Wikipedia defines viral videos as video that becomes popular through the viral process of Internet sharing, typically through video sharing websites such as Youtube as well as social media and email.’ So basically, they are the videos which have a longevity which depends on the hook of the video – as long as the audience feeds off that hook, it remains viral. Well, the question is, should we trust viral videos, or are they popular PR gimmicks?
There are many instances of CEOs going for viral videos to just get the audience’s attention. But there is no telling about what video can be viral and what cannot be. It is just a game of luck and some innate sense of the audience’s perception. Some people think that viral videos display well-orchestrated events to draw social media attention, but it isn’t always so. Most of the times, the stupidest videos garner the most attention and become viral.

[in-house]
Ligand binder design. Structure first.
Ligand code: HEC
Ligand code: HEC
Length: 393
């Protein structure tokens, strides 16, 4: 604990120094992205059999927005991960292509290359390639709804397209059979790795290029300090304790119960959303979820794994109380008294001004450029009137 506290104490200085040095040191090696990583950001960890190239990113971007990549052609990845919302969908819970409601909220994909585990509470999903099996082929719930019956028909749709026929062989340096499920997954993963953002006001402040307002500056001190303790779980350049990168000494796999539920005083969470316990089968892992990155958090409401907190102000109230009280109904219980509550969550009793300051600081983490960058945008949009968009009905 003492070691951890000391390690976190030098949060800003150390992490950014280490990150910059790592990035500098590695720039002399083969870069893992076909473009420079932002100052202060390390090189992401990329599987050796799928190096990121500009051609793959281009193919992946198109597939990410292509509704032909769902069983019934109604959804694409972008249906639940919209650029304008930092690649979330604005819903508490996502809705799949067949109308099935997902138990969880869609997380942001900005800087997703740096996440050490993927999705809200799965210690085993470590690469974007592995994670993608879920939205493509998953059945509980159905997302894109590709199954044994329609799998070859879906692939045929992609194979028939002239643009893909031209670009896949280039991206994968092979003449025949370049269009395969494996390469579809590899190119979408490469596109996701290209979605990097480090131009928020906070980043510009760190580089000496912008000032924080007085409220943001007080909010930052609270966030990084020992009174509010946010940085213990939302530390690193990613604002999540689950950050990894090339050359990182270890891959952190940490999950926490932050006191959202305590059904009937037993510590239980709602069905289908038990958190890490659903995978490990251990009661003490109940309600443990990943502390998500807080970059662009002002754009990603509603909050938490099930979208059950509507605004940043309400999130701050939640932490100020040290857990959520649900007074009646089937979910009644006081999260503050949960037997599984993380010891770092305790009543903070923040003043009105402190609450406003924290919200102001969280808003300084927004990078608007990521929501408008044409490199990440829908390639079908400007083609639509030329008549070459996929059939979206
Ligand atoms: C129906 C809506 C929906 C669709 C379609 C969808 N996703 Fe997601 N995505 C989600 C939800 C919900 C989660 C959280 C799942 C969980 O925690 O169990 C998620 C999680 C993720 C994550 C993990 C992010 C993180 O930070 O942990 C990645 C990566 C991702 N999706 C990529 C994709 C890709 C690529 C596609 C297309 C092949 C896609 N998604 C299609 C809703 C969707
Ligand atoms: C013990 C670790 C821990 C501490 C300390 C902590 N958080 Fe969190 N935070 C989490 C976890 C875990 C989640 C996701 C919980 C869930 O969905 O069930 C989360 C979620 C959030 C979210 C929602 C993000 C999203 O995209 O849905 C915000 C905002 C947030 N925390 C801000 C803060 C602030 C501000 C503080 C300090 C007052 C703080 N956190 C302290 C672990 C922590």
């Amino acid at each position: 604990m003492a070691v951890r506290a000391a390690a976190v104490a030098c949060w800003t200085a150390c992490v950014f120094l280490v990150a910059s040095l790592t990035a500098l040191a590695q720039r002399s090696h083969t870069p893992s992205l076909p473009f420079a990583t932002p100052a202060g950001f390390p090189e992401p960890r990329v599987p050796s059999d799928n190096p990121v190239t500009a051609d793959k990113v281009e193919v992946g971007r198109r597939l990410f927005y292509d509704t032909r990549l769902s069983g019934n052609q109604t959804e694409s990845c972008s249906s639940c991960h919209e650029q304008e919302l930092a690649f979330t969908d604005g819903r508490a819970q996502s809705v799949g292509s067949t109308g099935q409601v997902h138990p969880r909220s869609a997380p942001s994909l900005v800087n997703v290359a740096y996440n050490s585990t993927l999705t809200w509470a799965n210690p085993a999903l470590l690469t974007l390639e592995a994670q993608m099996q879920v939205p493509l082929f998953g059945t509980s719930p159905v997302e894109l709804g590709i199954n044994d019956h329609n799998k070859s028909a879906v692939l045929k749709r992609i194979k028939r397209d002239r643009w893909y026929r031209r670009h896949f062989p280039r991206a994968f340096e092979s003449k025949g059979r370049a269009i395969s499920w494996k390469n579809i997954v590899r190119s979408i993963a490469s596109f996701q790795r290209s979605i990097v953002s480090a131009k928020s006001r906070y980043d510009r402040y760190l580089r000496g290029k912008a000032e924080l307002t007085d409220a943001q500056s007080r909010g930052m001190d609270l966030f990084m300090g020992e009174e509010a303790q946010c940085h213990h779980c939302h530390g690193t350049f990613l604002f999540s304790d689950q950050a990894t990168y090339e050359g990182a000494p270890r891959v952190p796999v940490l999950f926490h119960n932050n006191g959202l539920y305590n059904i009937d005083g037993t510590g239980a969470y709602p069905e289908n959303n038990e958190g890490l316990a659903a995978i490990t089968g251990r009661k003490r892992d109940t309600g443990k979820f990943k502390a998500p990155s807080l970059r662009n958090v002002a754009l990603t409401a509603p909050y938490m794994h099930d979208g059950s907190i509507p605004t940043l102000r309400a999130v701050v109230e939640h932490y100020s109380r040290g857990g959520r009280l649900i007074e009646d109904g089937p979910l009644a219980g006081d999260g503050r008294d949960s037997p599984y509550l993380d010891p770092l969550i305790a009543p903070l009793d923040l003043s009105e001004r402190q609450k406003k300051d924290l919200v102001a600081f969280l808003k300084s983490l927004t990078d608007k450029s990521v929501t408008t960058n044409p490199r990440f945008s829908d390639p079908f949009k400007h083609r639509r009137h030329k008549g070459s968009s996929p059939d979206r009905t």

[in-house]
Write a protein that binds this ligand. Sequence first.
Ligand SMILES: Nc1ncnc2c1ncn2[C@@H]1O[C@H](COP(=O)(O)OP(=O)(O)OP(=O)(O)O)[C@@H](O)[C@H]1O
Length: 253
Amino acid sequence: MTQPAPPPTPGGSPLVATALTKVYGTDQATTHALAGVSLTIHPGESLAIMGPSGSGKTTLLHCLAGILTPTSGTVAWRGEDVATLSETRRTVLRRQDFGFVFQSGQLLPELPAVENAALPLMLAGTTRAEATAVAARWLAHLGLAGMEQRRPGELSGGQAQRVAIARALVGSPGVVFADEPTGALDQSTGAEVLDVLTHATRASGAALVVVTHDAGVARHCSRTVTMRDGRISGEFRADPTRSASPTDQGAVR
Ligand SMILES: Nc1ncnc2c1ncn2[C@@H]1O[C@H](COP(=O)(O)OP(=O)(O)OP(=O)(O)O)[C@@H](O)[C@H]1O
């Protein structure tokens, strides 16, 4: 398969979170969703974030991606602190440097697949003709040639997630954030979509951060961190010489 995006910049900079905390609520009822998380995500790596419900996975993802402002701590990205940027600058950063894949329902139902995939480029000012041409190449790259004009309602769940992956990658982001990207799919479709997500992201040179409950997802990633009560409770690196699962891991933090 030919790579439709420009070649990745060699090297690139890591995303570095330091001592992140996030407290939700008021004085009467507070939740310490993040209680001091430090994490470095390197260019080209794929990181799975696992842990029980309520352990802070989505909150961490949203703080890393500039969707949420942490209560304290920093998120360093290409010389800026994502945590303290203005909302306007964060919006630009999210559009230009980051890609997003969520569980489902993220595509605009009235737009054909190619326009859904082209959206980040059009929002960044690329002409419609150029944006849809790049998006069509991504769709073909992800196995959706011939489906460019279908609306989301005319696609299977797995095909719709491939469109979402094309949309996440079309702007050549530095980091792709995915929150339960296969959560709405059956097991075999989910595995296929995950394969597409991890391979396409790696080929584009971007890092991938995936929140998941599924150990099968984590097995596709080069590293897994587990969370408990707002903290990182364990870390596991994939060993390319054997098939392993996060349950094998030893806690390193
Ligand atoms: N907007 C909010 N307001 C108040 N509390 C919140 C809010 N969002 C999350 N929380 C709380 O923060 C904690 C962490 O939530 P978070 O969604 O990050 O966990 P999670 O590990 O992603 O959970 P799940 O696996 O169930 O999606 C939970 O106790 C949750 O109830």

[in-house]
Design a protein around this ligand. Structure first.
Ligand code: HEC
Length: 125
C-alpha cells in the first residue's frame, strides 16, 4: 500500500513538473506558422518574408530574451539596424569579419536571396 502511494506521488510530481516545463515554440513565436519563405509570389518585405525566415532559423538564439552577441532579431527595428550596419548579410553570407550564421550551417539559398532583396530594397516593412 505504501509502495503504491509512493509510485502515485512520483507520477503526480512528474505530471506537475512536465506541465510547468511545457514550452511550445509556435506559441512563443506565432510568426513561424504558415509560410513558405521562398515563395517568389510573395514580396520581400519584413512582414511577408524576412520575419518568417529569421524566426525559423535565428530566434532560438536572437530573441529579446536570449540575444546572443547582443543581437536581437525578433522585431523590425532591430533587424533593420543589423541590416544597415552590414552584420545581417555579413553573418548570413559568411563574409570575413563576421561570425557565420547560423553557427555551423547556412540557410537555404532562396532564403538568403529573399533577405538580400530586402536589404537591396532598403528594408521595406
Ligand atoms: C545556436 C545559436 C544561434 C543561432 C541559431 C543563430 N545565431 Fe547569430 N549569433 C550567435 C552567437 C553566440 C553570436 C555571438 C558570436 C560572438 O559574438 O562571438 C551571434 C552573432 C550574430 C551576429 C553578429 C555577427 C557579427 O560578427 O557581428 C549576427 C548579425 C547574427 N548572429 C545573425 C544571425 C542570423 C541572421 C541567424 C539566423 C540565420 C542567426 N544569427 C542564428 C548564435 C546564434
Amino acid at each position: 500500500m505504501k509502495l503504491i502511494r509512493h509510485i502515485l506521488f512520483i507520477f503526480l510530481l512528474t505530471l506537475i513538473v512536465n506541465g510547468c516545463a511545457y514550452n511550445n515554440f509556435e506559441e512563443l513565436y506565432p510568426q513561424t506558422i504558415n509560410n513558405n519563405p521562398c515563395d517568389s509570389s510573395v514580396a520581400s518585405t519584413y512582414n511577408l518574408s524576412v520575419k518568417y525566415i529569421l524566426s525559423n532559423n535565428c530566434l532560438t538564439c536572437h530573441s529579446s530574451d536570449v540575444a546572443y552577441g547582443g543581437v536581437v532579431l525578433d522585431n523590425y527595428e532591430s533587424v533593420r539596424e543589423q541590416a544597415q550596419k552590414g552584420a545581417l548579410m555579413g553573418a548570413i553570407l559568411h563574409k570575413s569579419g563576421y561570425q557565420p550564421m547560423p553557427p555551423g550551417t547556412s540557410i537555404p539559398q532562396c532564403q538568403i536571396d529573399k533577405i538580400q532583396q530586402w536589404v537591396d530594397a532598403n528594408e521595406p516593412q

All this planning that goes behind a video and the purpose with which it is uploaded is only to get views, and the more the views, the more viral it gets. So, trusting viral videos is a folly because it is equivalent to trusting something we have no idea about – we have no idea how it was made, for what purpose it was made, or if we are just merely serving the purpose of making it viral by watching and sharing it.
Many talented artists and many good, educational videos stay hidden in the shadows because of the attention that viral videos get and most of the time, the videos which go viral are just plain ridiculous. Therefore, since we are provided with the internet and we have access to the social media, it is up to us to create a difference. Instead of fueling the viral-video culture and going gaga over it, we should ensure that we emphasize on the learning we get from videos. Trust is vital in today’s era where everything is available online, and it is up to us to not let our trust be misplaced by trusting the credibility of viral videos.